One of the new Smart Materials available for the Cricut Maker 3 is Sticker Cardstock, and it’s a super fun addition to the range. While the Joy is still better for making cards as a whole (due to its smaller size), you can still make gorgeous cards with the Maker using the available materials.
You can also print and cut cards if you’re careful with the Design Space Canvas — but my Maker 3 ended up chewing up and spitting out the first card I tried because it wasn’t stuck down securely enough. (The Joy has a lighter touch and is much better for card making.)
Still, making stickers (both cardboard and vinyl) on the device is great fun and perfect for label-making and decorating.
The Rotary Blade (sold separately) is a fantastic tool, and it’s a real shame it’s now being sold separately. For anyone who makes clothing, it’s essential — and it speeds up the creation time phenomenally.
In the time it would normally take to make a stencil, draw it and cut it out on cloth, you can print a hundred stencils on the Cricut Maker 3.
It also works for pattern making — if you want to make a doll or smaller clothing, you can simply load any cloth type into the machine and have the Maker 3 cut out what you need.
The app presents a range of options for materials, including specific fabric types like chiffon, thin felt and silks, and you can adjust pressure as needed. If you select the wrong type (like I did), you can end up cutting into your Fabric Mat (sold separately) but this is just a matter of choosing the right fabric when you initiate the cut (which I did not).
The Rotary Blade is an essential companion, and it works brilliantly with the Maker 3 for any fabric project.
As part of the review, I was also provided with a Knife Blade (also sold separately) to test thicker materials. It’s capable of cutting balsawood up to 2.4 mm thick, making it perfect for models or other crafting projects — but unfortunately, every Bunnings I visited was out of stock for this particular material (likely due to a combination of coronavirus-induced shortages and everyone spending more time crafting).
While I wasn’t able to test the Knife Blade’s capabilities personally, the accessory does open up a range of possibilities for crafters. It won’t cut thick wood, but it’s perfect for anything that needs deeper scoring.
In addition to this, there are other blades available for the device that let you cut more unique materials like EVA foam, which would be perfect for cosplayers.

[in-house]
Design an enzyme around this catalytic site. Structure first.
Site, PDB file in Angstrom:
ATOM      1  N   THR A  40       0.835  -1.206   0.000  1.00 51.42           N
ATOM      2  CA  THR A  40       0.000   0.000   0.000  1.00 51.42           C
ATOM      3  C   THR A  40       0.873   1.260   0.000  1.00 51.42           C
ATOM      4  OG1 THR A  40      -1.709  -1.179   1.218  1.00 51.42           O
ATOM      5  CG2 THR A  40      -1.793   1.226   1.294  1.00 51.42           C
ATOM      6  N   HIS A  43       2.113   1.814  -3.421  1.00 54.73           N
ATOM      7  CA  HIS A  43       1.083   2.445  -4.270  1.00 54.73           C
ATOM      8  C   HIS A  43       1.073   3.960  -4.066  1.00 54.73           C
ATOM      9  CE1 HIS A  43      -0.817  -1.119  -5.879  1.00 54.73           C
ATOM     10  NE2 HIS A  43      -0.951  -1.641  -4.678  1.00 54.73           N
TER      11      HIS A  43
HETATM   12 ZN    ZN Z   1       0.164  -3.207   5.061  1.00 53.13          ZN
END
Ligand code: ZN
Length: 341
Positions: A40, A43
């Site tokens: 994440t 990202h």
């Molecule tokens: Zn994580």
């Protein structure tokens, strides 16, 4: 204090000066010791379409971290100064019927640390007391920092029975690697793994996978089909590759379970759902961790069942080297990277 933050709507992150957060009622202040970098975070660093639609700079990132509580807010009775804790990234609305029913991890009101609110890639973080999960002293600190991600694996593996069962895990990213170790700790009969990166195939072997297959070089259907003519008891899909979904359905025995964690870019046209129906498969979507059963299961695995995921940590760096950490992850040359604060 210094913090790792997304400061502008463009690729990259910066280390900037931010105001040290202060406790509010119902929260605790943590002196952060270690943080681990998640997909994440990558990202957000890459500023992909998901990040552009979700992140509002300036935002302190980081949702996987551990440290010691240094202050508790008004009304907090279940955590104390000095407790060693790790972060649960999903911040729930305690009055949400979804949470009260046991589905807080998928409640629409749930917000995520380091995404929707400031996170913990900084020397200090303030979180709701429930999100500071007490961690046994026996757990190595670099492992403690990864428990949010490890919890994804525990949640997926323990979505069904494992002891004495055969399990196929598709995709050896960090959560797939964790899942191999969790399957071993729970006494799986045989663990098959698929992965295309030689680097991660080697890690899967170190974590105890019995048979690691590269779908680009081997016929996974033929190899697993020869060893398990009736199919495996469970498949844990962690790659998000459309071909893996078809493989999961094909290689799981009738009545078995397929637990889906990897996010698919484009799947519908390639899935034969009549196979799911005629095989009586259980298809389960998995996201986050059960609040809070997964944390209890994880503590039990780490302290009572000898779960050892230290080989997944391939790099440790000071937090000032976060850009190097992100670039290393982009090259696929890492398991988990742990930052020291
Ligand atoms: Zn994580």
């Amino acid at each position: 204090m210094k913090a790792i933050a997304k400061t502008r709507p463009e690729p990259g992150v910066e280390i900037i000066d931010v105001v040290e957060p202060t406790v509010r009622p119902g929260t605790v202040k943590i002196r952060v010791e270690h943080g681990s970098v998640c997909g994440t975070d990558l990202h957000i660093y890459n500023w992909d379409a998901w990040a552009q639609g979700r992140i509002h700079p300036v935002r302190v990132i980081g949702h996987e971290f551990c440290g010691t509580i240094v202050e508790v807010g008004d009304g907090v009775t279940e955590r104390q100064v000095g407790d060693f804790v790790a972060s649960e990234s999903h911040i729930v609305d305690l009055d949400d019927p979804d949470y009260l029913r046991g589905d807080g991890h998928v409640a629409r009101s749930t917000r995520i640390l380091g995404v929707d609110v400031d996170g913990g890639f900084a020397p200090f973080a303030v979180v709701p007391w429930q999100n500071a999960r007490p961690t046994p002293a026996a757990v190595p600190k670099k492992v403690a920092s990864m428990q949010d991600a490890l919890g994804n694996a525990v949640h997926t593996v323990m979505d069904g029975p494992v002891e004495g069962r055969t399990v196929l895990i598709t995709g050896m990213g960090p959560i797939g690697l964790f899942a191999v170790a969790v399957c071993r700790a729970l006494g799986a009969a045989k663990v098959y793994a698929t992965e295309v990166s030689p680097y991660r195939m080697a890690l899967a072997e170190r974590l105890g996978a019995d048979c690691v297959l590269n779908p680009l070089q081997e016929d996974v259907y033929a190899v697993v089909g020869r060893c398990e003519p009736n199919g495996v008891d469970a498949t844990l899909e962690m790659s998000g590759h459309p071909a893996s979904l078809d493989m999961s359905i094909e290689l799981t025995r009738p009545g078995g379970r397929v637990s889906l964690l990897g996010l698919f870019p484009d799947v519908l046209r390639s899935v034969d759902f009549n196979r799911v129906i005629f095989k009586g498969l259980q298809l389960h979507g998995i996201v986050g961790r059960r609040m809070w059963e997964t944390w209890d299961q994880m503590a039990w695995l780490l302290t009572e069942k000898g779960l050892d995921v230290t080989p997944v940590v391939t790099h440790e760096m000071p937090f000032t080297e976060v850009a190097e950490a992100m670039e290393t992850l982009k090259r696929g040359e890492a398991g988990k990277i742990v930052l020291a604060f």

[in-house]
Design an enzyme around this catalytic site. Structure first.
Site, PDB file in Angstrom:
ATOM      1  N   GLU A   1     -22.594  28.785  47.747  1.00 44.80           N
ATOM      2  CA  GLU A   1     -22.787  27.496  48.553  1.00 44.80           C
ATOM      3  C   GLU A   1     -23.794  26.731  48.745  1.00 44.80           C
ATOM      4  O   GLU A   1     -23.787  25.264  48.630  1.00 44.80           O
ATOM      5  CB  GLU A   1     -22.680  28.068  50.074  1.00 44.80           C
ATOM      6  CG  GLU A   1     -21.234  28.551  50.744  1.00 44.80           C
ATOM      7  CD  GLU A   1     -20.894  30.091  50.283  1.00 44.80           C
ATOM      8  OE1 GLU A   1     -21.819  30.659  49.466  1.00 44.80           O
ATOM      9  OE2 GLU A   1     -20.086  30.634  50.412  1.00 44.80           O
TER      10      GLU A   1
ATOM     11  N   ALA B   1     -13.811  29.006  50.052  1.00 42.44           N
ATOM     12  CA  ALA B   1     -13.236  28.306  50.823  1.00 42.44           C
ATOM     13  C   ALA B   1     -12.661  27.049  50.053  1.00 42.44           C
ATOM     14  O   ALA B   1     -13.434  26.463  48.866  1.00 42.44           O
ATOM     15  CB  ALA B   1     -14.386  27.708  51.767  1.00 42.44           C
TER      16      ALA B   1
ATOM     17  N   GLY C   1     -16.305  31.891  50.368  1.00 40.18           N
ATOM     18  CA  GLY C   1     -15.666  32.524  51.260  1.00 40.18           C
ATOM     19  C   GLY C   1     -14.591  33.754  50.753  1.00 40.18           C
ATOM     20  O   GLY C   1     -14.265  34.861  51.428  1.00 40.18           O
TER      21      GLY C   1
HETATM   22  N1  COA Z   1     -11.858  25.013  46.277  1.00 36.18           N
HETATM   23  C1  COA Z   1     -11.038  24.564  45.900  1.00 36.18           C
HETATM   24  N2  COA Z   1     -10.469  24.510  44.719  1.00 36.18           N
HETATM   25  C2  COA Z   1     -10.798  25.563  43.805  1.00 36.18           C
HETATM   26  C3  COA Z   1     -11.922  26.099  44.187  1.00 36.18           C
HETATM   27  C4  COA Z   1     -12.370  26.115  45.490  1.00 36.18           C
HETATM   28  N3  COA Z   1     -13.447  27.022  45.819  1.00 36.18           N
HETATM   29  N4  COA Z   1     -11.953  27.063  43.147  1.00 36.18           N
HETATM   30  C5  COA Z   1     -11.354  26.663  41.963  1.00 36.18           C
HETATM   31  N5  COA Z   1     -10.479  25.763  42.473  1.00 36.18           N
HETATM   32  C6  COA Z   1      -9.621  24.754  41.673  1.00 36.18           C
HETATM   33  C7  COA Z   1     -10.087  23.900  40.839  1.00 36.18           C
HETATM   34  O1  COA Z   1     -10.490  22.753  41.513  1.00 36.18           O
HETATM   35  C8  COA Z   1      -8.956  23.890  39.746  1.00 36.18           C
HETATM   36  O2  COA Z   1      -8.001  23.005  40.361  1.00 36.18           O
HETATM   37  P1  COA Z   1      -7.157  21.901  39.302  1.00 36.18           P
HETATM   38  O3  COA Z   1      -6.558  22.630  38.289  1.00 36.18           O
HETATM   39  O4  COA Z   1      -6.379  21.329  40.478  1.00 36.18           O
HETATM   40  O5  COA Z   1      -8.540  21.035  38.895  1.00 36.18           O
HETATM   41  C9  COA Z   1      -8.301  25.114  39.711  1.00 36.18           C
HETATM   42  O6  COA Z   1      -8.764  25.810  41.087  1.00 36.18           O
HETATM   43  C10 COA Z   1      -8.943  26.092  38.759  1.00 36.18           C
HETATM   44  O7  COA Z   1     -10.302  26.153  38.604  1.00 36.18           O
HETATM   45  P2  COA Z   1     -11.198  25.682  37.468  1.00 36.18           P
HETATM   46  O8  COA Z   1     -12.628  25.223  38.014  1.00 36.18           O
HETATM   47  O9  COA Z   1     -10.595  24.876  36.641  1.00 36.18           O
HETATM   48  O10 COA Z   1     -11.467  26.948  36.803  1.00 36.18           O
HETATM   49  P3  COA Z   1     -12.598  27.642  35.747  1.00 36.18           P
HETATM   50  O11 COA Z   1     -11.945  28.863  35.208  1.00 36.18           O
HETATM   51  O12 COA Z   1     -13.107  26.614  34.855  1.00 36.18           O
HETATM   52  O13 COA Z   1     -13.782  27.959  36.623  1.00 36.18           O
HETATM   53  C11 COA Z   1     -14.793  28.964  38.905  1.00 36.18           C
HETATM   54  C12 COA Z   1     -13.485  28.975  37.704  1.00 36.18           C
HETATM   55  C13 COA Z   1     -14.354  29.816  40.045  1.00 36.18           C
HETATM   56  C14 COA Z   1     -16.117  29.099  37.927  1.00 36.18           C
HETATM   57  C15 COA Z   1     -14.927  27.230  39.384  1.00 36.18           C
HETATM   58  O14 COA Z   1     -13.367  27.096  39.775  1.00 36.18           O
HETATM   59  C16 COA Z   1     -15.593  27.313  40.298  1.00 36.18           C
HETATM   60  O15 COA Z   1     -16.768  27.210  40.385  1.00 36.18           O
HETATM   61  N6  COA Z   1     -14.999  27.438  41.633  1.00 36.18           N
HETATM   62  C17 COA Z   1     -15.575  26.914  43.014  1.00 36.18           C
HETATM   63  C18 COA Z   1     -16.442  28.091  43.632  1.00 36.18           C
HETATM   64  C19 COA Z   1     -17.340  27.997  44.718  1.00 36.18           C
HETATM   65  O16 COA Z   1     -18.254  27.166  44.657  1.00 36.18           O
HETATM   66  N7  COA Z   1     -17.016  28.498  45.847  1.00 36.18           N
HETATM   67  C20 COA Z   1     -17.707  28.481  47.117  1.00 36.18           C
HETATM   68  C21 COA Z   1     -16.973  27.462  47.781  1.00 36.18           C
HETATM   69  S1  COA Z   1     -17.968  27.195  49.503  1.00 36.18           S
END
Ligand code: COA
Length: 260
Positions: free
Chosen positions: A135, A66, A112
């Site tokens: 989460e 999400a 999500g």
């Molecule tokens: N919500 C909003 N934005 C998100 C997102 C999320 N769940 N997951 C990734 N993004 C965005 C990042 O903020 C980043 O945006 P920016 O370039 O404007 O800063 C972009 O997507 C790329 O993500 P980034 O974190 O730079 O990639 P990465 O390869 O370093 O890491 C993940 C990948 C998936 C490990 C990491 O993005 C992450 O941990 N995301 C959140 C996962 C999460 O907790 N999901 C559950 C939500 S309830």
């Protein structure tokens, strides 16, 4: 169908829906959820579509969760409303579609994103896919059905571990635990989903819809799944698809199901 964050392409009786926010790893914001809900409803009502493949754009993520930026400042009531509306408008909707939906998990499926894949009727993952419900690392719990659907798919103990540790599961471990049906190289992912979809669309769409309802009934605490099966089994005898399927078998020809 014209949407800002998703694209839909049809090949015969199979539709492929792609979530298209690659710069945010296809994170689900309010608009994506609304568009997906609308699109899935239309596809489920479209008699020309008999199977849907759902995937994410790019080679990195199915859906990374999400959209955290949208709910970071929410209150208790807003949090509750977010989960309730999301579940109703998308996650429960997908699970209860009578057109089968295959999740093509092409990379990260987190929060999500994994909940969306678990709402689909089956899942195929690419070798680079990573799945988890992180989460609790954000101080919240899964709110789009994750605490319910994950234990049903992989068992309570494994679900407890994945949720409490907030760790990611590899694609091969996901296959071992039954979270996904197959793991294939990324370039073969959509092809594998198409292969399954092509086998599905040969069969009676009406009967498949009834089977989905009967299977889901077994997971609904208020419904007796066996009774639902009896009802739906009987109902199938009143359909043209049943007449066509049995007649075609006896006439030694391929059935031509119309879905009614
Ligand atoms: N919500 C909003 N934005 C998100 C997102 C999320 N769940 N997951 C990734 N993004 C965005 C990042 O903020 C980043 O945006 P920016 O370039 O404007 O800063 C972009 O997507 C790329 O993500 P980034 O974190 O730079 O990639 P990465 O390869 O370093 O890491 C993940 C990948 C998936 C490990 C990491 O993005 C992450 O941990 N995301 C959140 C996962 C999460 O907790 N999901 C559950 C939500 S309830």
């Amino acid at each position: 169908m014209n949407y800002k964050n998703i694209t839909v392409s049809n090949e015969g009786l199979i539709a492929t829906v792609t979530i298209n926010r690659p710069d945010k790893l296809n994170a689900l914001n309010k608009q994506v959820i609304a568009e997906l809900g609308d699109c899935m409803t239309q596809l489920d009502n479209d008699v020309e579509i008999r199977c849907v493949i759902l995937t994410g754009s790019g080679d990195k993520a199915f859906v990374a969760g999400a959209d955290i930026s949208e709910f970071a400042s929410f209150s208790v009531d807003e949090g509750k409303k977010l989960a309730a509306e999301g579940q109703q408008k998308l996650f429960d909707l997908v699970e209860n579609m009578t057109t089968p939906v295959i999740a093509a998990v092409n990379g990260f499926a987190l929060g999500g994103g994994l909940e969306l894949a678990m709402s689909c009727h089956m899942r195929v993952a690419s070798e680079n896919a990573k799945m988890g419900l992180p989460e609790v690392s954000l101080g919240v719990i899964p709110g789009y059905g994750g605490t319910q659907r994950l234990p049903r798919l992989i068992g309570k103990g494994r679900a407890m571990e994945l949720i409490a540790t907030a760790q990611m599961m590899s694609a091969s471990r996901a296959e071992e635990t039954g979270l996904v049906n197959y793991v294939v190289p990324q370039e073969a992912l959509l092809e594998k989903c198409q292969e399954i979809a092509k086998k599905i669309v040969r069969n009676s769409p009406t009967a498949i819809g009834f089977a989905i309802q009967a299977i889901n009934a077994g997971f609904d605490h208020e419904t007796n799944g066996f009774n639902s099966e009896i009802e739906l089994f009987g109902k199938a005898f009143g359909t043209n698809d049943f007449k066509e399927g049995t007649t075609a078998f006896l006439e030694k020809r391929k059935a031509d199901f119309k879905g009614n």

What’s the deal with Cricut Access?
Cricut Design Space is a free-to-use app, but for everyone looking to make more complex, Cricut-designed items, there is an all-access subscription service on the platform.
Cricut Access is a $13.99 a month subscription service that gives you access to every unique design, project, font and image available in the Design Space app. For that price, you’ll get full instructions and a step-by-step plan on how to make hundreds of items, as well as access to unique images to use on your designs.
In addition to this, Cricut Design Space will also occasionally release special designs to celebrate events (like the recent Friends collection) which can spruce up your decorating game.
For most people, a $13.99 subscription to access projects is a major ask — and you can get by perfectly well without it. But if you are a crafter (and if you’re forking out $699 for the Maker 3, you probably are), Cricut Access is a great way to find inspiration and take your crafting skills to the next level.
It is a bit of an investment, but there are so many fantastic ideas on the app that it may just be worthwhile for you. The first month is free so you can test the waters before you commit — but I would strongly recommend choosing a month where you have more free time than usual.
Trust me when I say you’ll want to make everything you see.
Should you buy the Cricut Maker 3?
First-time crafters will likely find what they need with the Cricut Joy. It’s a much cheaper machine and cuts most craft-adjacent materials. But everyone who’s a bit more serious about crafting, whether as a hobby or a job, should absolutely consider forking out for the Cricut Maker 3.
It’s an absolute breeze to use, cuts more materials than ever and it can help you realise any project you have in mind. Whether you’re working on a new cosplay, a scrapbook or even just labelled everything you own, the Cricut Maker 3 has you covered.
There is a steep learning curve for newbies, but the app is very good at providing hints and tips along the way, and there’s also plenty of content online that’ll steer you in the right direction.
Buying into the Cricut game can become expensive because of the sheer range of materials available, but I’m a total convert after trying out the Joy and Maker 3 machines. Both have their merits, but the sheer power and range of the Maker 3 is very impressive.
If you’re somebody who enjoys DIY in any capacity, it’s the perfect heavy-duty crafting machine.